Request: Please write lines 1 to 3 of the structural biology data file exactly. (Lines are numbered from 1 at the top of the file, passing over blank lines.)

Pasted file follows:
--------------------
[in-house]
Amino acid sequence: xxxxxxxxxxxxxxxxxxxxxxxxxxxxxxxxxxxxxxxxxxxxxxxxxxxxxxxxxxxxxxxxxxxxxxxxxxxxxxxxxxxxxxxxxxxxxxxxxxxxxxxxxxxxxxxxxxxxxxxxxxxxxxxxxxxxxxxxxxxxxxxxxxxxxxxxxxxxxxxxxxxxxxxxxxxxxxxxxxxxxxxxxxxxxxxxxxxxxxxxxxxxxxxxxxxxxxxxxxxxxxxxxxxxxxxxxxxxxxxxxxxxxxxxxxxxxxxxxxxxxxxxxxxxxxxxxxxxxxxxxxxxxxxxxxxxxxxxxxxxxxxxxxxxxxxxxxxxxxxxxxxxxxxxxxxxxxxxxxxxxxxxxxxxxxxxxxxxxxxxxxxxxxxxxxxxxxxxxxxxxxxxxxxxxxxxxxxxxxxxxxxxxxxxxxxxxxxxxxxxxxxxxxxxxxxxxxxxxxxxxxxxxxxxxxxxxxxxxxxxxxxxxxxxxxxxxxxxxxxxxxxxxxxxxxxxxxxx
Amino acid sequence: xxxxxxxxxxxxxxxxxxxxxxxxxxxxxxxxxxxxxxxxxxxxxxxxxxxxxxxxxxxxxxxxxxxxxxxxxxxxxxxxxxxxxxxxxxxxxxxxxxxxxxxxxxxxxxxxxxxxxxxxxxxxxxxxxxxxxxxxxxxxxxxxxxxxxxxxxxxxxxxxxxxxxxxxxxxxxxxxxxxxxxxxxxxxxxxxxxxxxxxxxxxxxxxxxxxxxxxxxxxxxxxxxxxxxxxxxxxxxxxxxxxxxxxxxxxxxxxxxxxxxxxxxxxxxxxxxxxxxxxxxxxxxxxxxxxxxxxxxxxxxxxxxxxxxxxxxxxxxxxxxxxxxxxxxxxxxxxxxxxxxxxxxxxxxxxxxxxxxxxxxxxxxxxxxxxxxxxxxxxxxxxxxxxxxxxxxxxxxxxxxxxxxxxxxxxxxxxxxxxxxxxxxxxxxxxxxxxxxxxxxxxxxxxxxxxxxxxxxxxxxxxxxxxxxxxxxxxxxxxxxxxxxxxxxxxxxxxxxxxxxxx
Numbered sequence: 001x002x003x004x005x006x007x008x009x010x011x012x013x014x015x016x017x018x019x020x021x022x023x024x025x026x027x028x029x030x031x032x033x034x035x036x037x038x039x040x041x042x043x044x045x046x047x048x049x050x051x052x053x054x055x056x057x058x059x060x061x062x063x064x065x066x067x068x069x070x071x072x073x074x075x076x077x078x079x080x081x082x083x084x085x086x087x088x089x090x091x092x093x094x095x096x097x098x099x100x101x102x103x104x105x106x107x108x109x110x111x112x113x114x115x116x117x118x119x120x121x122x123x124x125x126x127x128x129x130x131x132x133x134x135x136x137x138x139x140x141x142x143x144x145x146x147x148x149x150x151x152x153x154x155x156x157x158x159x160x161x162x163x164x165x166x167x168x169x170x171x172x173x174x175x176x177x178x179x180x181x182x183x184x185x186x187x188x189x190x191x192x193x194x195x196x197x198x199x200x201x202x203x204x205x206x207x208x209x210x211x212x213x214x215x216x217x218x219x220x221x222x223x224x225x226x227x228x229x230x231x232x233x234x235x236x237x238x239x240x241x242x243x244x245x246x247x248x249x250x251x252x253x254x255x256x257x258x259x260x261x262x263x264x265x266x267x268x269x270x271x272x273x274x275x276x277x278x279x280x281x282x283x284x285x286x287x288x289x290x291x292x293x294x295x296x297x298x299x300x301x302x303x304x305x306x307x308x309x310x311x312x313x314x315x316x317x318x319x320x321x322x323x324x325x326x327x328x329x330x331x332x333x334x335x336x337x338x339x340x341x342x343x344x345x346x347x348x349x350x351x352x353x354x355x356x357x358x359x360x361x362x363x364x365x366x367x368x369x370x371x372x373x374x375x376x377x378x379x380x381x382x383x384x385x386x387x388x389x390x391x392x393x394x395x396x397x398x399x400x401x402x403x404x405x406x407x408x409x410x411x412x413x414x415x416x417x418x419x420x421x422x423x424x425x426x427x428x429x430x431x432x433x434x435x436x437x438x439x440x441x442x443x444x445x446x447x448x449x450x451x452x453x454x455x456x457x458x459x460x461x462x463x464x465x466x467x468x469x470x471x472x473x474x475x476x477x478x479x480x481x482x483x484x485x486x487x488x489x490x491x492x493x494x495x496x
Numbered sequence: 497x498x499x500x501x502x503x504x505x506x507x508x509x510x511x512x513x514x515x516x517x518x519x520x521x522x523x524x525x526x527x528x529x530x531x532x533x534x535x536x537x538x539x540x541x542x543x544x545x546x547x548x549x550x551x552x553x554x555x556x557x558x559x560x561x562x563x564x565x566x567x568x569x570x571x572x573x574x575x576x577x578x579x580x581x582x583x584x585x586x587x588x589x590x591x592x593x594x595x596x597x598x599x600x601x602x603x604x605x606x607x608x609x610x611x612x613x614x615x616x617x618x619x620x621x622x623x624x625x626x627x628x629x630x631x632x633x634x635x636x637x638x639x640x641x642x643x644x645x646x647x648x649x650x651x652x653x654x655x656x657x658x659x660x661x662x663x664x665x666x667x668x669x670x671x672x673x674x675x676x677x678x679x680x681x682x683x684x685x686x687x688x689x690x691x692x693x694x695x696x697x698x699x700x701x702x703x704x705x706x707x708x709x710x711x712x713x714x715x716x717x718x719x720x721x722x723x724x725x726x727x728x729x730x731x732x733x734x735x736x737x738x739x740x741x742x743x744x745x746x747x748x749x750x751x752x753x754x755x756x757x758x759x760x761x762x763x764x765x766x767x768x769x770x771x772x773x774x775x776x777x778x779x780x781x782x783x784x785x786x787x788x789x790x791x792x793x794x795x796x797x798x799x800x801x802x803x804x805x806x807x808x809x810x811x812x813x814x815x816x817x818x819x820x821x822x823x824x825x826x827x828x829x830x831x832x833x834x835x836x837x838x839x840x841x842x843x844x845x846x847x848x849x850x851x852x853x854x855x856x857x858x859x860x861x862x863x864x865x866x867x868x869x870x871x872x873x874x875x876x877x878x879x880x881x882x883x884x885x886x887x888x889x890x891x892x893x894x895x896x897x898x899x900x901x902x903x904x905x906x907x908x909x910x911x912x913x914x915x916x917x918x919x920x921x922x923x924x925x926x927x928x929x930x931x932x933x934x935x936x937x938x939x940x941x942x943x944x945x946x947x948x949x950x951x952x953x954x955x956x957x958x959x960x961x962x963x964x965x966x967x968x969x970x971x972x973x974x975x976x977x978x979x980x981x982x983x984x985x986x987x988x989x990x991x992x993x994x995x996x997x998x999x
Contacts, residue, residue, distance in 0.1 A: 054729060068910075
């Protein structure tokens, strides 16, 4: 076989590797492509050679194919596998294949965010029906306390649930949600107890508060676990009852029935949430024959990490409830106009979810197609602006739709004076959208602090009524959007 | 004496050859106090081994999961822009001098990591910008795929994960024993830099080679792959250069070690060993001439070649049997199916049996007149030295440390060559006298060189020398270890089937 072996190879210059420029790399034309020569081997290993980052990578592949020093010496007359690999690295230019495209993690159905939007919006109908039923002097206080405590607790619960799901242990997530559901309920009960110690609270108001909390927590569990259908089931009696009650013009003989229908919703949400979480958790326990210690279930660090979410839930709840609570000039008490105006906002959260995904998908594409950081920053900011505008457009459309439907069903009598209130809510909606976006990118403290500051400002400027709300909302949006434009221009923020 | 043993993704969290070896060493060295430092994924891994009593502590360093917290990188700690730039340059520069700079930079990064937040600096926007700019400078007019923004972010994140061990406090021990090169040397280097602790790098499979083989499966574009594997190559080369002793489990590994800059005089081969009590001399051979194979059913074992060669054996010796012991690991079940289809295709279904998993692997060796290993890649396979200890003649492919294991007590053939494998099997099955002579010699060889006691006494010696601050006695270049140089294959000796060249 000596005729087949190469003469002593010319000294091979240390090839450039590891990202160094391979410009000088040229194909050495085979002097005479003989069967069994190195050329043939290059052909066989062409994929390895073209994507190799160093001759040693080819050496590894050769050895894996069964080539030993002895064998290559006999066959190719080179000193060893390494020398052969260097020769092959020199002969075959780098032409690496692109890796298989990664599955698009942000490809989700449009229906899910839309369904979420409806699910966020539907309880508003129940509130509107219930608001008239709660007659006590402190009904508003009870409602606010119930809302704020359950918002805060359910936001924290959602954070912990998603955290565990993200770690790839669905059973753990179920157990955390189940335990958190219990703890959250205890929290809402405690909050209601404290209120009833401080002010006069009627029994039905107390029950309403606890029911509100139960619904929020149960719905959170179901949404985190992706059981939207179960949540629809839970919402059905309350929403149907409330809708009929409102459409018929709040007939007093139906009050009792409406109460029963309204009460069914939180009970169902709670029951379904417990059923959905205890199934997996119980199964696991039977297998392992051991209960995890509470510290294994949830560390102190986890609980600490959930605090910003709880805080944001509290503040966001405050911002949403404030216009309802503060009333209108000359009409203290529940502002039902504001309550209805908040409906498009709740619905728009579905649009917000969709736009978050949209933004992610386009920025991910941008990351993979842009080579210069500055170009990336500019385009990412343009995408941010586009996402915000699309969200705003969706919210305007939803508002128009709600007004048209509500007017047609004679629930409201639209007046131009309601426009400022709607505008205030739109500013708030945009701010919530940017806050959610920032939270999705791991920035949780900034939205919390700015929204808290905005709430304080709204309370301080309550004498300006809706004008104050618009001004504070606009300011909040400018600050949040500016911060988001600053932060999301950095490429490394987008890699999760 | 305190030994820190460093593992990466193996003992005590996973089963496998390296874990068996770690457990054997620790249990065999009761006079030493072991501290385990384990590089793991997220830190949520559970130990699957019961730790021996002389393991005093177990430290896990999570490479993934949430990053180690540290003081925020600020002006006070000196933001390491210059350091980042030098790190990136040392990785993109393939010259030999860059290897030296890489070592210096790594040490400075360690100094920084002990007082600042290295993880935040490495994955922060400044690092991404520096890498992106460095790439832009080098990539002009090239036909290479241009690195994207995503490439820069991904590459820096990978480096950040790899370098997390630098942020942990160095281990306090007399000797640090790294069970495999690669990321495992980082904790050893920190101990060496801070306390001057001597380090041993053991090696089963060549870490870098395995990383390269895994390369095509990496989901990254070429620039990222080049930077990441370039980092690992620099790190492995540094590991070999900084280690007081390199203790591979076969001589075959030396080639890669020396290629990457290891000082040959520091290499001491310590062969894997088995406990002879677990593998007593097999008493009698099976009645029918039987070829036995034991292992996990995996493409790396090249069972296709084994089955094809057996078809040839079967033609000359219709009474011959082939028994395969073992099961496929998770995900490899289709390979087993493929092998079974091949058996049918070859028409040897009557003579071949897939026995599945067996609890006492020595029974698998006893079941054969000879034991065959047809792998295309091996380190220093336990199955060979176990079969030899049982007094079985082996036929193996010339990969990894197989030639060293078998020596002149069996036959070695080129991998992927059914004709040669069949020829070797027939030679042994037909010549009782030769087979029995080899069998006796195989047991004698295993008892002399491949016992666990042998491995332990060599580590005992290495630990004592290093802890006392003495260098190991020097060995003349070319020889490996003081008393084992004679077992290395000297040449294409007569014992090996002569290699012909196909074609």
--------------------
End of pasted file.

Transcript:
[in-house]
Amino acid sequence: xxxxxxxxxxxxxxxxxxxxxxxxxxxxxxxxxxxxxxxxxxxxxxxxxxxxxxxxxxxxxxxxxxxxxxxxxxxxxxxxxxxxxxxxxxxxxxxxxxxxxxxxxxxxxxxxxxxxxxxxxxxxxxxxxxxxxxxxxxxxxxxxxxxxxxxxxxxxxxxxxxxxxxxxxxxxxxxxxxxxxxxxxxxxxxxxxxxxxxxxxxxxxxxxxxxxxxxxxxxxxxxxxxxxxxxxxxxxxxxxxxxxxxxxxxxxxxxxxxxxxxxxxxxxxxxxxxxxxxxxxxxxxxxxxxxxxxxxxxxxxxxxxxxxxxxxxxxxxxxxxxxxxxxxxxxxxxxxxxxxxxxxxxxxxxxxxxxxxxxxxxxxxxxxxxxxxxxxxxxxxxxxxxxxxxxxxxxxxxxxxxxxxxxxxxxxxxxxxxxxxxxxxxxxxxxxxxxxxxxxxxxxxxxxxxxxxxxxxxxxxxxxxxxxxxxxxxxxxxxxxxxxxxxxxxxxxxxx
Amino acid sequence: xxxxxxxxxxxxxxxxxxxxxxxxxxxxxxxxxxxxxxxxxxxxxxxxxxxxxxxxxxxxxxxxxxxxxxxxxxxxxxxxxxxxxxxxxxxxxxxxxxxxxxxxxxxxxxxxxxxxxxxxxxxxxxxxxxxxxxxxxxxxxxxxxxxxxxxxxxxxxxxxxxxxxxxxxxxxxxxxxxxxxxxxxxxxxxxxxxxxxxxxxxxxxxxxxxxxxxxxxxxxxxxxxxxxxxxxxxxxxxxxxxxxxxxxxxxxxxxxxxxxxxxxxxxxxxxxxxxxxxxxxxxxxxxxxxxxxxxxxxxxxxxxxxxxxxxxxxxxxxxxxxxxxxxxxxxxxxxxxxxxxxxxxxxxxxxxxxxxxxxxxxxxxxxxxxxxxxxxxxxxxxxxxxxxxxxxxxxxxxxxxxxxxxxxxxxxxxxxxxxxxxxxxxxxxxxxxxxxxxxxxxxxxxxxxxxxxxxxxxxxxxxxxxxxxxxxxxxxxxxxxxxxxxxxxxxxxxxxxxxxxxx